As I stared at the once-beautiful remains of my latest victim, I realized that I had accomplished something that many think is impossible. I did it, I thought, I actually killed a frigging cactus. Yes, after a year of slightly overwatering it, my beloved cactus slumped in on itself one day, and that was that. I like to think that I killed it with too much love, but the reality is I just had no idea what I was doing.
As with houseplants, for many years my financial path was not based on any solid foundation, but instead on blind faith that I was doing okay. I didn’t have any facts to back that up apart from a fairly empty bank account, but ignorance truly is bliss, eh? I’d buy up new plants and set up new accounts without thinking about how to properly take care of them and watch them grow. Instead, I’d blindly water and throw money at them, assuming that that was all there was to it. But many good houseplants sacrificed themselves, and many years of lost opportunities have passed.
One day, my husband suggested I buy a plastic plant.
No. Way! Those are a sham, they would give no sense of accomplishment, they don’t look nice! It was amazing how I suddenly found my debating voice in my defense over being allowed to carry on terrorizing the aisles of the plant stores. Thankfully, his suggestion did provide me with an opportunity to step back and reflect. Instead of immediately going out and buying what I thought had the nicest leaves, I sat down at my computer and typed some words into my browser. Before I knew it, I had a big long list of plants that could potentially thrive in my apartment without much effort from me. I then phoned my mom, a proper gardener, and asked for her suggestions. I cross-referenced both lists, headed to the plant store, asked the employees what they thought, and voila! I now have a pretty thriving little green spot in my apartment, including a new cactus that I mainly ignore and who is perfectly happy with that.
As I was feeling particularly successful that day, I decided to carry on and implement some of the financial advice I had read about in the FI blogs I had recently discovered.
There were so many good pieces of advice out there, and they all had a common theme for getting started: know what you have. Simple. I pulled up my bank accounts, all of them, and wrote down what each of them was for and how much they had in them. It was an excellent exercise for me, because suddenly I knew exactly how much money I had at my fingertips. I am fortunate to not have any debt, so my next move was to decide what to actually do with that money. Having it sit around languishing was no longer an option — but what to do?
Turns out that a few minutes of research really pay off. That won’t be shocking for many to hear, but there is a difference in hearing it and then implementing it. I knew that I didn’t know what I was doing, and yet continued on the way I had for several unsuccessful plant and savings years.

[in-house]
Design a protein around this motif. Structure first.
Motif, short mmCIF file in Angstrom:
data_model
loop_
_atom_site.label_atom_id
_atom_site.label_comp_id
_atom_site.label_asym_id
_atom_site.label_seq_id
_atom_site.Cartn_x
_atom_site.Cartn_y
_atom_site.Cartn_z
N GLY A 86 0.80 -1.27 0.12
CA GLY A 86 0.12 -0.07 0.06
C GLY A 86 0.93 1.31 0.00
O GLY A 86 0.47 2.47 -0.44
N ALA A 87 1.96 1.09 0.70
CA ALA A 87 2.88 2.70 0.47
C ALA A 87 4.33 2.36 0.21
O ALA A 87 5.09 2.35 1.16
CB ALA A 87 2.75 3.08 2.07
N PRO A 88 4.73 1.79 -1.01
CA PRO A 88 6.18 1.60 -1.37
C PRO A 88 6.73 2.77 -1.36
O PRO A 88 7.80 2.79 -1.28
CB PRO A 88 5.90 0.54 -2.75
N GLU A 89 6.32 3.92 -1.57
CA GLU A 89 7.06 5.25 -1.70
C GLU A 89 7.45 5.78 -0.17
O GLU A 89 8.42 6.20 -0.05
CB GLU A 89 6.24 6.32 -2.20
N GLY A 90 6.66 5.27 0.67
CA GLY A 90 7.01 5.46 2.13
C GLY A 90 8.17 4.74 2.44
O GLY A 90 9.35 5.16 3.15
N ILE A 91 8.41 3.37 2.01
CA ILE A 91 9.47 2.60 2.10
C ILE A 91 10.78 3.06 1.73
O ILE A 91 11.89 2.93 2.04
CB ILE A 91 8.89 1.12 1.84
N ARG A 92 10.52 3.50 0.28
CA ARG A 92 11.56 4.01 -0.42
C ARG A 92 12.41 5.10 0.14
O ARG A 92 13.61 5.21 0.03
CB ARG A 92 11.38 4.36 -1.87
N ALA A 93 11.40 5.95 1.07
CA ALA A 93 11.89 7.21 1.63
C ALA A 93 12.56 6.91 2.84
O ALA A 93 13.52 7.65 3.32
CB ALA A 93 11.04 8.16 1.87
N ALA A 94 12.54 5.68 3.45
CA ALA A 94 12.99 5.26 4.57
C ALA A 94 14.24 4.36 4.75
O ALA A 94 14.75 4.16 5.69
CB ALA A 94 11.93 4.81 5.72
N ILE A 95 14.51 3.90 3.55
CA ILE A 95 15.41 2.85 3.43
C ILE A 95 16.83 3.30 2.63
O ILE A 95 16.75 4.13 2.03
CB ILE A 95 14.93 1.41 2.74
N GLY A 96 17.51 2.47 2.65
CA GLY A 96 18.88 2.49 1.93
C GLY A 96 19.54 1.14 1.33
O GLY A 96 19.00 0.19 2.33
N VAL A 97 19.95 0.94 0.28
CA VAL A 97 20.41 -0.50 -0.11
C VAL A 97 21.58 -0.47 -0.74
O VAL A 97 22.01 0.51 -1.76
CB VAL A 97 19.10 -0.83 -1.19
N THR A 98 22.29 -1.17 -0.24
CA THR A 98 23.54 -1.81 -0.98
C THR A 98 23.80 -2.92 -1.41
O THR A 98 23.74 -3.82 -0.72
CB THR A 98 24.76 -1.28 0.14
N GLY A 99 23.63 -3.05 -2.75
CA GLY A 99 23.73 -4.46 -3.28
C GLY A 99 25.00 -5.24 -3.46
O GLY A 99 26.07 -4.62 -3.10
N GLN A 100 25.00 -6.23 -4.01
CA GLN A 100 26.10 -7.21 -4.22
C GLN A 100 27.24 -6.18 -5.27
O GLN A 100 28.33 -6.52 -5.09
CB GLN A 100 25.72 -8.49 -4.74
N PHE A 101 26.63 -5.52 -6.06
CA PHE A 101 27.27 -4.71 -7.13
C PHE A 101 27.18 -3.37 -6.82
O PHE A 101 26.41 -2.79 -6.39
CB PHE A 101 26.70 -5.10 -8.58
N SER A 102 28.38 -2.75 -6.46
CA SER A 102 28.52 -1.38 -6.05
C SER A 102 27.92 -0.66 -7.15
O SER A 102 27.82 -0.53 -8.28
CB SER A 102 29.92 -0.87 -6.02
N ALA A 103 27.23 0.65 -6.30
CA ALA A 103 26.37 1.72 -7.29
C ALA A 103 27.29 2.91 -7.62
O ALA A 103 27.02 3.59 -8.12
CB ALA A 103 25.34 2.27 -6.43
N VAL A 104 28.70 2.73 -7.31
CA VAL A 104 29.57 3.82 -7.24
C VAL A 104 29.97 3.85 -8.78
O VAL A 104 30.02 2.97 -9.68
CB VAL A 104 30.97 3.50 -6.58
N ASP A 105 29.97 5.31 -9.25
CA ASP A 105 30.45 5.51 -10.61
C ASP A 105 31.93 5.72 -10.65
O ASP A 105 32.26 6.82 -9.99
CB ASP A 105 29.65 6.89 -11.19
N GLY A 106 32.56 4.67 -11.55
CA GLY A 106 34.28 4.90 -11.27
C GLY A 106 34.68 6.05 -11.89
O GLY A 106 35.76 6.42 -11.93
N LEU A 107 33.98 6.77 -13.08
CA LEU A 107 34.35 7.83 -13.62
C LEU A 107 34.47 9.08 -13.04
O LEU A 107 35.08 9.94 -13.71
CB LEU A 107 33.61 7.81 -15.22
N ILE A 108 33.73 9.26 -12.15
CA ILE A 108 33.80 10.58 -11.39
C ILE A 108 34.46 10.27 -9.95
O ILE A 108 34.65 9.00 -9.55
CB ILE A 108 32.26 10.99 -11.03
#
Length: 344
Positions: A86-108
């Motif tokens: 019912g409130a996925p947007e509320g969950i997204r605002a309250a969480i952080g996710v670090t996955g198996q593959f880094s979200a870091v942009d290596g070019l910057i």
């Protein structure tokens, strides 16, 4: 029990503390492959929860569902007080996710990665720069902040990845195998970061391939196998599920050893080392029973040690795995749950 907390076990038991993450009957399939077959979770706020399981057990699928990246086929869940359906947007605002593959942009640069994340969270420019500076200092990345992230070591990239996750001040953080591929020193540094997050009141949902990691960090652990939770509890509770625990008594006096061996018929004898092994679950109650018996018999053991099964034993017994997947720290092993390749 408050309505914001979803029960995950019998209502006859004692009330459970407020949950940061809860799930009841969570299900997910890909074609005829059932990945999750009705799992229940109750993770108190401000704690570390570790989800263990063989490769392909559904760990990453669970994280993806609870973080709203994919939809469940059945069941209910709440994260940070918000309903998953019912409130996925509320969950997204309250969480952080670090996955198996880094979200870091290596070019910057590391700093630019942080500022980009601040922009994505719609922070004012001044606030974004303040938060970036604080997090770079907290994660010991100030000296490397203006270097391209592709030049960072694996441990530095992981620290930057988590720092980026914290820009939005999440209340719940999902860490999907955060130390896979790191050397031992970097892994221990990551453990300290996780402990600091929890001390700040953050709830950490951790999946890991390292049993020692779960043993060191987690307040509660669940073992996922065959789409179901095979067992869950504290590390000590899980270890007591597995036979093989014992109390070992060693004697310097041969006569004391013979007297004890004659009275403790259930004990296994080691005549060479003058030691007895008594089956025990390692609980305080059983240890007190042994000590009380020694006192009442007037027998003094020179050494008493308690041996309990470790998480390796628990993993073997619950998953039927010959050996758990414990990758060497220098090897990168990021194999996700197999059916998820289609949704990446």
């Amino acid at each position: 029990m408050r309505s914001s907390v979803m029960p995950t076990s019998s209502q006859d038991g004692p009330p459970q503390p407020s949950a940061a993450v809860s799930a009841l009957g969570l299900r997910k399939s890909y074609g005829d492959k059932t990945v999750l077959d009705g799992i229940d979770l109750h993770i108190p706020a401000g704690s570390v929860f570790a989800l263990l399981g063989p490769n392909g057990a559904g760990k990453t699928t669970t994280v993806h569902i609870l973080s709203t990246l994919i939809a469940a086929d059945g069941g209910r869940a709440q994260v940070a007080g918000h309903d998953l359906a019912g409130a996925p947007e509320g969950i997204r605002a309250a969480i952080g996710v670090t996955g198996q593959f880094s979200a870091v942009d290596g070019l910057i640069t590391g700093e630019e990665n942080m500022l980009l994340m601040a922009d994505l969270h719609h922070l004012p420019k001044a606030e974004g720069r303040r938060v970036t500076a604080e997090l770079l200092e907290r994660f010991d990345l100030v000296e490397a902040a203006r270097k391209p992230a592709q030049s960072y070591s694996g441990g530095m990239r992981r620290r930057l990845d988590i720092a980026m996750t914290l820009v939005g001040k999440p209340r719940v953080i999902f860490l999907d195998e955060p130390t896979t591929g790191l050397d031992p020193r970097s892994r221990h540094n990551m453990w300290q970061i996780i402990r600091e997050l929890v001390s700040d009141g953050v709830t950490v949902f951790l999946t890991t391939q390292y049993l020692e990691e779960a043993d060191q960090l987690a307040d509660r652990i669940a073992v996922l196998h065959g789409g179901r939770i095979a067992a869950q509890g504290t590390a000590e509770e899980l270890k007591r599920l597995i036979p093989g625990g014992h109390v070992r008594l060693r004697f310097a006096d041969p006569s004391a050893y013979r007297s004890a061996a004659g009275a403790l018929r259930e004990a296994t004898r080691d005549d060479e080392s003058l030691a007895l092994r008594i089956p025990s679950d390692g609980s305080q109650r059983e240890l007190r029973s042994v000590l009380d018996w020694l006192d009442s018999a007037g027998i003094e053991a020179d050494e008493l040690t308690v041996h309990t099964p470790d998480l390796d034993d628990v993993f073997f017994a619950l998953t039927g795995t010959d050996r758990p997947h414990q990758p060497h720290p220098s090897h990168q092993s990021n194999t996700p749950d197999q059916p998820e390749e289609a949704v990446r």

It wasn’t until I started researching and planning that things started really moving forward:
1. After organizing my bank accounts, I looked at which ones were useful and which ones weren’t. I looked at interest rates offered, as well as any fees that might be lurking in the shadows.
2. I closed a few of the savings accounts that I had opened and nearly forgotten about (they were dusty with inactivity – one literally had $0.75 in it for three years), and consolidated all of the money into one savings account.
3. I thought long and hard about my priorities. I wrote a budget for my monthly expenses, plus any savings goals that I had. I labeled each bank account with its purpose to keep me in check, and keep a hard copy spreadsheet in my money folder to help me keep track of what goes in. Something about filling it in by hand is so satisfying!
4. I built up a small emergency fund. I am incredibly fortunate to be in a good, stable job that has a pension scheme, but until I built up a fund with three months expenses in it I didn’t realize the feeling of liberation that comes with knowing I’ll be fine if my employment falters.
5. After all of the above, that’s when the fun(d) truly began. I read, watched, Googled, asked, and every other term I can think of about options for Canadian retirement savings and investment. One fateful March day, right before my 30th birthday, I took a deep breath and sent $100 into my first RRSP investment account (a Canadian 401k equivalent). That was just over a year ago, and I am happy to report that my RRSP is thriving, my savings are growing roots, and everything is starting to bear fruit (how are these plant references working for you? Anyone? Anyone…?).
A simple lesson in horticulture was all it took for me to get my act together in various other parts of my life.
I’m still learning, but the change I was able to implement in just one year has been astounding and will set me up nicely in years to come. I don’t regret trying and failing on my own — though I do regret the number of plant corpses involved, poor things — as it provided a valuable insight into my own skills and knowledge. I am no longer unwilling to ask for help or assume I will figure it out on my own. I probably would have eventually, but I would have lost out on valuable time in the process. With so many resources available at our fingertips, it’s more irresponsible to not ask questions or seek help.
Nicola is a 31-year-old teacher living in the suburbs of Vancouver, Canada, with her Scottish husband and indoor jungle. She has only recently started her journey on the road to FI, and is realizing all the work that goes into being a “responsible” adult. She enjoys being in nature, tapping away at her blog and devouring books as often as she can (hey, with a librarian mother it’s very much inevitable!).
Image via Unsplash
Source: Nicola Fletcher [https://thefinancialdiet.com/]